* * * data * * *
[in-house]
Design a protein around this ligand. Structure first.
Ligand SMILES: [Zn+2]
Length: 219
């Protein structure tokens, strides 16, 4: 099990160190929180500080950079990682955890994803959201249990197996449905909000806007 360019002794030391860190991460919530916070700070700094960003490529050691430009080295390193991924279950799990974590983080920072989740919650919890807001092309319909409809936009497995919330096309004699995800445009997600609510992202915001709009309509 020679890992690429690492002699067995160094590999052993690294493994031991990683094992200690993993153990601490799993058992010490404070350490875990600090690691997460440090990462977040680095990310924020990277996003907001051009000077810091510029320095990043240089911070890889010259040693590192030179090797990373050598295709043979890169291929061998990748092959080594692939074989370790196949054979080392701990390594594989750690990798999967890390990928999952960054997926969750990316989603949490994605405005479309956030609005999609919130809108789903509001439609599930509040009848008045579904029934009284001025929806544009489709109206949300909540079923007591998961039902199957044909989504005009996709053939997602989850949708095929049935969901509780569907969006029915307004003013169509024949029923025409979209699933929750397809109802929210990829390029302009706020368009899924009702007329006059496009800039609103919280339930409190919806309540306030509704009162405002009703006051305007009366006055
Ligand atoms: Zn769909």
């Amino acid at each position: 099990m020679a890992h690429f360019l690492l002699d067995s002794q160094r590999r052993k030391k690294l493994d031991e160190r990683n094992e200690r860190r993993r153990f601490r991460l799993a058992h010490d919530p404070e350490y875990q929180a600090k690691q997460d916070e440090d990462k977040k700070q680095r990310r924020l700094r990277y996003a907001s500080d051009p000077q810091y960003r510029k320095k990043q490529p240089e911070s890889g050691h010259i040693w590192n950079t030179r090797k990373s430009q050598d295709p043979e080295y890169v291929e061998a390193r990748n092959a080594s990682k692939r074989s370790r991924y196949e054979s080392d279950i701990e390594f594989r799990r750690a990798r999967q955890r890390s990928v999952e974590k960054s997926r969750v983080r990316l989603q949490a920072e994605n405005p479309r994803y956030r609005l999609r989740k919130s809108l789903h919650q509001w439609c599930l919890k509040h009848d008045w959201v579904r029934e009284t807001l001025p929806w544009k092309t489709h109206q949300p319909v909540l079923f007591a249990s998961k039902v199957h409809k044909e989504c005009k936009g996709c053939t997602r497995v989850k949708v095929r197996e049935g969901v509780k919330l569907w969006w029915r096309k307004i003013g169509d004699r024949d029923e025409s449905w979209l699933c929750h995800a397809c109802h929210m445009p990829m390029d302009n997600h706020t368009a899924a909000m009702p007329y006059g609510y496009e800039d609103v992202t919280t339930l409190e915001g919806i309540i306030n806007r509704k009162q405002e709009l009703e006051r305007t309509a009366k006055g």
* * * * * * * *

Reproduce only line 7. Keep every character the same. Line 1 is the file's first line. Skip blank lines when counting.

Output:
């Amino acid at each position: 099990m020679a890992h690429f360019l690492l002699d067995s002794q160094r590999r052993k030391k690294l493994d031991e160190r990683n094992e200690r860190r993993r153990f601490r991460l799993a058992h010490d919530p404070e350490y875990q929180a600090k690691q997460d916070e440090d990462k977040k700070q680095r990310r924020l700094r990277y996003a907001s500080d051009p000077q810091y960003r510029k320095k990043q490529p240089e911070s890889g050691h010259i040693w590192n950079t030179r090797k990373s430009q050598d295709p043979e080295y890169v291929e061998a390193r990748n092959a080594s990682k692939r074989s370790r991924y196949e054979s080392d279950i701990e390594f594989r799990r750690a990798r999967q955890r890390s990928v999952e974590k960054s997926r969750v983080r990316l989603q949490a920072e994605n405005p479309r994803y956030r609005l999609r989740k919130s809108l789903h919650q509001w439609c599930l919890k509040h009848d008045w959201v579904r029934e009284t807001l001025p929806w544009k092309t489709h109206q949300p319909v909540l079923f007591a249990s998961k039902v199957h409809k044909e989504c005009k936009g996709c053939t997602r497995v989850k949708v095929r197996e049935g969901v509780k919330l569907w969006w029915r096309k307004i003013g169509d004699r024949d029923e025409s449905w979209l699933c929750h995800a397809c109802h929210m445009p990829m390029d302009n997600h706020t368009a899924a909000m009702p007329y006059g609510y496009e800039d609103v992202t919280t339930l409190e915001g919806i309540i306030n806007r509704k009162q405002e709009l009703e006051r305007t309509a009366k006055g």